Okay, more first paragraphs to critique.
#4 - From Cynthia:
“Get out of bed and take off your clothes.”
It was a command, an order.
Rebecca moved to comply but immediately made herself stop. On the one hand, she was drawn by the deep masculine voice, but on the other, she didn’t jump when others told her. She didn’t follow orders…at least, not anymore.
MACKENZIE: Well, yeah, an order to get naked does catch my attention! The next few lines keep me intrigued—there are nice little teases about the backstory, and I am interested in knowing more. This also has a nice, strong voice to it.
MARY: That’s definitely a high-impact beginning line, though I’ll admit that I paused to wonder what she was doing in bed with her clothes on. I imagine by clothes you meant nightclothes, but it did make me pause and re-read, which interrupted the flow of the beginning. The next line has a great rhythm to it; however “she didn’t jump when others told her” sounds a bit awkward. Some minor fine-tuning will make this beginning work.
NICK: The choice of scene—again in medias res —seems like a good one. Stylistically, I find this one moderately jarring. It seems to expose a bit too much right away—it reads like a summary of the entire situation, something better suited for a blurb than a first paragraph. Like starting paragraphs, blurbs are meant to draw in the reader, but placed in the actual story, it reads as too devicey.
#5 - From Kate:
Evie McAllister pushed open the door into the dining room and sniffed. She could smell burning. Not the comfortable log-fire in the middle of winter burning of pine-cones and green wood with sap bubbling and cracking out of it (although even that would be out of place given that it was a bright hot summer’s morning); no, this was the distinct burning odor of bread that had wedged in the toaster and charred itself to death. Not an issue, one would think, except for the fact no-one else was meant to be in the house.
NICK: This beginning gives us a lot of possibilities. Immediately we are alerted to the potential for some kind of conflict that is atypical to the character’s everyday life—either something is very wrong or there is potential for a humorous mishap, but nevertheless the character is obviously unsettled. Then the last sentence alerts us that the situation is even more unusual than we thought. It made me want to read more. Oh, one mechanical nitpick—please always be sure to double-check your use of hyphens in compounds.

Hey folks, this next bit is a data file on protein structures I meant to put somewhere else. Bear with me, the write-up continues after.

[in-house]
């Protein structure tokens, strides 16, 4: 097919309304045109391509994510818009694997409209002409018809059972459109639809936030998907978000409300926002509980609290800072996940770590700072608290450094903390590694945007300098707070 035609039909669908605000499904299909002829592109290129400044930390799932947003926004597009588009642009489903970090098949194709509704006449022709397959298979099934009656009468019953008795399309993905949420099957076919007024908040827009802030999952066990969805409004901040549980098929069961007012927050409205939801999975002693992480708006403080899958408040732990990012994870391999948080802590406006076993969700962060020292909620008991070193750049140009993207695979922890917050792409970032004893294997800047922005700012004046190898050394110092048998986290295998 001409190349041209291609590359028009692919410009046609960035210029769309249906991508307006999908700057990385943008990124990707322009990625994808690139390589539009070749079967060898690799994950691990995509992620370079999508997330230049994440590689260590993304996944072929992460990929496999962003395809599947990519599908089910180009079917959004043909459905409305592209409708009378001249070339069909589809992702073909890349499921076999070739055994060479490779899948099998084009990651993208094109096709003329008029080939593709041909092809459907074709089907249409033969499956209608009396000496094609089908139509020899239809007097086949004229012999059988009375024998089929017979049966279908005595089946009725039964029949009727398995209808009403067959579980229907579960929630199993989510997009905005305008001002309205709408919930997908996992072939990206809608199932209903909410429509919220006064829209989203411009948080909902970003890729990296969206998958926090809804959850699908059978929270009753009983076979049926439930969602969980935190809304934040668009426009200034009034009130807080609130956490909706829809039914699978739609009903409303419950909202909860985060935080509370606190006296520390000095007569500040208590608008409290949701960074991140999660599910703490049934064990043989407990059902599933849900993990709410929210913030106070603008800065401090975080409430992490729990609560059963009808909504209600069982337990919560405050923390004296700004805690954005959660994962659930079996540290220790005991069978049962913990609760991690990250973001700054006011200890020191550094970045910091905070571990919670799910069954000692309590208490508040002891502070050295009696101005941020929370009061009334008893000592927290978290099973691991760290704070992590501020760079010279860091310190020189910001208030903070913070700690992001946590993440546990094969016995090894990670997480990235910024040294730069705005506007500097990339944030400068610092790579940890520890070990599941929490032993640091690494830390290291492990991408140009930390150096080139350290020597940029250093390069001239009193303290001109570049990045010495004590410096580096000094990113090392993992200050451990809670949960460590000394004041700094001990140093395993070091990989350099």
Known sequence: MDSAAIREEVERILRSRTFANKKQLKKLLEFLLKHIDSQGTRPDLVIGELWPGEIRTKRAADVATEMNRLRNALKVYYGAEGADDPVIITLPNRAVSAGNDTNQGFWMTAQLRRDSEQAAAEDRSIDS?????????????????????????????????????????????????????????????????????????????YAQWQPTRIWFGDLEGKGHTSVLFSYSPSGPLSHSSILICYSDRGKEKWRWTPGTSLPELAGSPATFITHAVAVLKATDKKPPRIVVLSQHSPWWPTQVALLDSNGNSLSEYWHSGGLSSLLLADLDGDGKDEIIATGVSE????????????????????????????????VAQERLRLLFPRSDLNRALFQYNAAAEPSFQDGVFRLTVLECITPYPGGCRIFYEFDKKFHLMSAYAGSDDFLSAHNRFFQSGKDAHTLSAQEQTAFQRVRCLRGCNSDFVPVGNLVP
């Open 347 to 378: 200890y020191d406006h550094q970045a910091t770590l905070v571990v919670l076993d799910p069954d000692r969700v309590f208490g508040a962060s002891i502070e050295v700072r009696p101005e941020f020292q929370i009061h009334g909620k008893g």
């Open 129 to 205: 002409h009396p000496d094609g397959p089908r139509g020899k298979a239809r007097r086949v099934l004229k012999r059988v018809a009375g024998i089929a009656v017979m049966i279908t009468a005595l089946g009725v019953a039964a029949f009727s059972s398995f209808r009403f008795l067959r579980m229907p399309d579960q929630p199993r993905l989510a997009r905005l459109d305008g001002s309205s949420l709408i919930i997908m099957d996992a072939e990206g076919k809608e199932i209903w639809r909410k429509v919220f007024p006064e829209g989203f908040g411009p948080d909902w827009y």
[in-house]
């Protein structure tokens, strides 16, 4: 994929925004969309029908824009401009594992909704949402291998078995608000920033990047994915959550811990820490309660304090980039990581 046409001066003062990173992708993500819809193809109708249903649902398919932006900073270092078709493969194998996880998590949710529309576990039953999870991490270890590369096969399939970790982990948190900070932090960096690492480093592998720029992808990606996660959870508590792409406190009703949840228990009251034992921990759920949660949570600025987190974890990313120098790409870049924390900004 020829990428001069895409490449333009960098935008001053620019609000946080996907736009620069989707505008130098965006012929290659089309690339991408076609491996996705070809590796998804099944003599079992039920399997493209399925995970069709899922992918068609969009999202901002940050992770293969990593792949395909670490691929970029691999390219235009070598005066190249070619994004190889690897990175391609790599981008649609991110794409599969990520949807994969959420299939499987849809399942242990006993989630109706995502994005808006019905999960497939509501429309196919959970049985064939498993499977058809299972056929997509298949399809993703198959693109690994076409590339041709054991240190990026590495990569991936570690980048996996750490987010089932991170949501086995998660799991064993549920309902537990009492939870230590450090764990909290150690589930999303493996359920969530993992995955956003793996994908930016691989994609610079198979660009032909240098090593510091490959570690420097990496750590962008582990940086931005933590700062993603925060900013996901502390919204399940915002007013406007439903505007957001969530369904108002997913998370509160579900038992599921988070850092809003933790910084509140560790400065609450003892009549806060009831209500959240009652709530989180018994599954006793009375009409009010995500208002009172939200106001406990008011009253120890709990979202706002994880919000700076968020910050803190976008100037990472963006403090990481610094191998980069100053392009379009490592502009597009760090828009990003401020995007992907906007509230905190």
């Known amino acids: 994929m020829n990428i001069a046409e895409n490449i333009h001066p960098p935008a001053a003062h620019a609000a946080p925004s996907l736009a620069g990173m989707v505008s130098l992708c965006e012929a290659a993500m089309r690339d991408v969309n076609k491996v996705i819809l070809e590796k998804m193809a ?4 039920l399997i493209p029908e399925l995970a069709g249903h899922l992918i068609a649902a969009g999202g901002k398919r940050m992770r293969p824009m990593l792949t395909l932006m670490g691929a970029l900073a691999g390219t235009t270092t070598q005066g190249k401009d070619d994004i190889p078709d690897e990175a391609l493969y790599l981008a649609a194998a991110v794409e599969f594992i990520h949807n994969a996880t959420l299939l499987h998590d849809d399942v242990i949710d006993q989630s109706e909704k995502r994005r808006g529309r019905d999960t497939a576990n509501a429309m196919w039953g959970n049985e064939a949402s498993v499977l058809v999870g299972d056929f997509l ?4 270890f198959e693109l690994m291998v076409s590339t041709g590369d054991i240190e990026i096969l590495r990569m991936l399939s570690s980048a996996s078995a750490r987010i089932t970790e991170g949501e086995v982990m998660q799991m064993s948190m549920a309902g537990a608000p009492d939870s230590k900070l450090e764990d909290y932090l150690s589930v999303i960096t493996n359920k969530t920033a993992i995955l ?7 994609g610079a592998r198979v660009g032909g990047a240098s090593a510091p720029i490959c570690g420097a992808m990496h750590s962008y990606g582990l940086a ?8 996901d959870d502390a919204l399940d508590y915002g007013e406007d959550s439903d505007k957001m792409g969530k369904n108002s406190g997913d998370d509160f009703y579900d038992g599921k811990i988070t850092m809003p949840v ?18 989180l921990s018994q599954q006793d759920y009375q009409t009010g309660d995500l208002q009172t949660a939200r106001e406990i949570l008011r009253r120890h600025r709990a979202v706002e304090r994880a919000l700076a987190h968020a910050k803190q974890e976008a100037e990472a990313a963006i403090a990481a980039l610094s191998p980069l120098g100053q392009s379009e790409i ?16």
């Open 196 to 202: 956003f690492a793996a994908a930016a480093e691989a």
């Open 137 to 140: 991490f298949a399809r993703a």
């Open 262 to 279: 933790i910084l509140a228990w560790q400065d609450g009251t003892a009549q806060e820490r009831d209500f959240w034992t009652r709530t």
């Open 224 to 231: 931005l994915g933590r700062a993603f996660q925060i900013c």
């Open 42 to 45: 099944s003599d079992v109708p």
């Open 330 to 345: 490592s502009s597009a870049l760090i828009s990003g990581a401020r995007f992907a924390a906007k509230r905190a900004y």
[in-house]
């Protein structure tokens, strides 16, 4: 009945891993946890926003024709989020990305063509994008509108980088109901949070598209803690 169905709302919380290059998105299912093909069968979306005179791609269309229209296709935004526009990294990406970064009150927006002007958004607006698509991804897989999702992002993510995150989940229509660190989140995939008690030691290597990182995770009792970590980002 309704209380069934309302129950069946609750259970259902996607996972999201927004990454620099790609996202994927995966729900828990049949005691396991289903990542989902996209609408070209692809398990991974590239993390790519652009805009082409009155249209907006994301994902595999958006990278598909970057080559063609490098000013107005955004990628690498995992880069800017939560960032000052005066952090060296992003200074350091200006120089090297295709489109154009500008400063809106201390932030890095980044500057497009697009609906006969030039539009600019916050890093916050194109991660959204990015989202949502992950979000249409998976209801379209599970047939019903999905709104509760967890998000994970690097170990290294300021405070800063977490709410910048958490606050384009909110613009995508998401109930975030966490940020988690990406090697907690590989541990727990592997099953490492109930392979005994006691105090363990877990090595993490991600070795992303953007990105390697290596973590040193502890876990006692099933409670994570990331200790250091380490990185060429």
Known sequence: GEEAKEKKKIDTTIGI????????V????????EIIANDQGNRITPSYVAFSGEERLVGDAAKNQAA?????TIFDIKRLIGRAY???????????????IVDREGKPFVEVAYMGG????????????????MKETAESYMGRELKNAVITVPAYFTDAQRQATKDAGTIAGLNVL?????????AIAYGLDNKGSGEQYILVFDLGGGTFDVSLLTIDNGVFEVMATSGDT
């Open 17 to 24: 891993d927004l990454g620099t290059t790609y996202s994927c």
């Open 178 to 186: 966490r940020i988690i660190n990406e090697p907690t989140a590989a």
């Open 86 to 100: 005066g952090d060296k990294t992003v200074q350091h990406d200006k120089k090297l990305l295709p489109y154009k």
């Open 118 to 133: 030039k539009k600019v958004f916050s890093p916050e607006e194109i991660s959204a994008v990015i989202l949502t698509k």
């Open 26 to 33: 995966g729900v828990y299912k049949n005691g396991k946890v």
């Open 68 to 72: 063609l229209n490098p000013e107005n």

MARY: The first two sentences are great. I was immediately curious, which is what you’re going for. The third line is awkward and required a few reads to get it sorted out, however. You need to be very careful that this doesn’t happen in the beginning of your book, as it could be enough to send the manuscript back into the slush. I’d suggest revising it heavily so that it reads more smoothly. The rest is fine—it’s just that third sentence that needs fixing.
MACKENZIE: The third line is really awkward, and while there are some nice descriptions, if I have to reread a line this early on to figure out what’s being talked about, I’m already not thrilled with the submission. There’s also a grammatical error, which doesn’t impress me.
#6 - From Dawn:
Sometimes I remember that night with vivid clarity. I can see the lights of Sonoma’s street lights flicker over James’ laughing face. The mild Texas winter left us in t-shirts and jeans. He still wore his windbreaker but it provided little protection, even for a member of the Paranormal Protection Agency. But they’re like flashes of memory. His laugh, my sarcastic replies. I can almost remember using magic with something close to joy.
MACKENZIE: The first line is a little cliché, but I like the little pieces of information we immediately get about the characters. They’re already somewhat intriguing. Plus, I do like how it moves from apparently mundane facts to words like ‘paranormal’ and ‘magic’. Interesting enough for me to keep reading.
NICK: Sometimes flashbacks or other recalls of past events can help convey to the reader that this story is something important, something that happened in the characters’ past but still carries weight. In this paragraph, we learn that we’ll be hearing about someone very significant to the narrator and we get a sense of the setting. We also get a few solid hints that this story has paranormal elements. But the way it’s written, those hints are somewhat awkward and seem forced. How would a member of the Paranormal Protection Agency be more protected by a windbreaker than anyone else—what does this have to do with anything? The last sentence is awkward too—after the bit about the Paranormal Protection Agency, it reads like it’s supposed to be a notice for the reader: THIS IS A PARANORMAL. IN CASE YOU MISSED THAT, THERE’S MAGIC IN THIS STORY. Now, obviously these things can be mentioned, but the way they happen in this very first paragraph, it reads as if it has been specifically written for someone who will only read this far. You need to work on making the paragraph more interesting, rather than explaining what the story is about.
MARY: This read as a little too disjointed for me. I understand what you are going for—and I think you almost achieve it—but I found the rhythm of the sentences a bit too harsh and distracting. (Also, as a note, the repetition of “light” in the second sentence is awkward.)